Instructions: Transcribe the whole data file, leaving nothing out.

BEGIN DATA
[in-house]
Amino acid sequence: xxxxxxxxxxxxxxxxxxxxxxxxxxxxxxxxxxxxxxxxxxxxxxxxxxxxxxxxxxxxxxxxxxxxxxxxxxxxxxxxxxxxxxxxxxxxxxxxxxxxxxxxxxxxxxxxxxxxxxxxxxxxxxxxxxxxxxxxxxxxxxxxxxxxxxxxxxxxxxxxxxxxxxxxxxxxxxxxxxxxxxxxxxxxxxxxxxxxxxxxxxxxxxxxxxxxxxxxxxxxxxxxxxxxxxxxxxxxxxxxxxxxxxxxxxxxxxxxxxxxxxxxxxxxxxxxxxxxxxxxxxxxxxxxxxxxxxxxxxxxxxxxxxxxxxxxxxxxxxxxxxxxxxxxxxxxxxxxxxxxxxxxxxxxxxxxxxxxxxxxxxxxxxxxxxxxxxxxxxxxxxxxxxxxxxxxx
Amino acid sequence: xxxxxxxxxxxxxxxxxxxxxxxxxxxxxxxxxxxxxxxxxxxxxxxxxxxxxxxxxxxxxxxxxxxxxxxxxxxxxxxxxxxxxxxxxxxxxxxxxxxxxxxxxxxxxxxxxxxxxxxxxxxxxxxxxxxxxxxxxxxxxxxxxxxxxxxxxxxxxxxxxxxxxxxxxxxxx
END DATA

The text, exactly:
[in-house]
Amino acid sequence: xxxxxxxxxxxxxxxxxxxxxxxxxxxxxxxxxxxxxxxxxxxxxxxxxxxxxxxxxxxxxxxxxxxxxxxxxxxxxxxxxxxxxxxxxxxxxxxxxxxxxxxxxxxxxxxxxxxxxxxxxxxxxxxxxxxxxxxxxxxxxxxxxxxxxxxxxxxxxxxxxxxxxxxxxxxxxxxxxxxxxxxxxxxxxxxxxxxxxxxxxxxxxxxxxxxxxxxxxxxxxxxxxxxxxxxxxxxxxxxxxxxxxxxxxxxxxxxxxxxxxxxxxxxxxxxxxxxxxxxxxxxxxxxxxxxxxxxxxxxxxxxxxxxxxxxxxxxxxxxxxxxxxxxxxxxxxxxxxxxxxxxxxxxxxxxxxxxxxxxxxxxxxxxxxxxxxxxxxxxxxxxxxxxxxxxxx
Amino acid sequence: xxxxxxxxxxxxxxxxxxxxxxxxxxxxxxxxxxxxxxxxxxxxxxxxxxxxxxxxxxxxxxxxxxxxxxxxxxxxxxxxxxxxxxxxxxxxxxxxxxxxxxxxxxxxxxxxxxxxxxxxxxxxxxxxxxxxxxxxxxxxxxxxxxxxxxxxxxxxxxxxxxxxxxxxxxxxx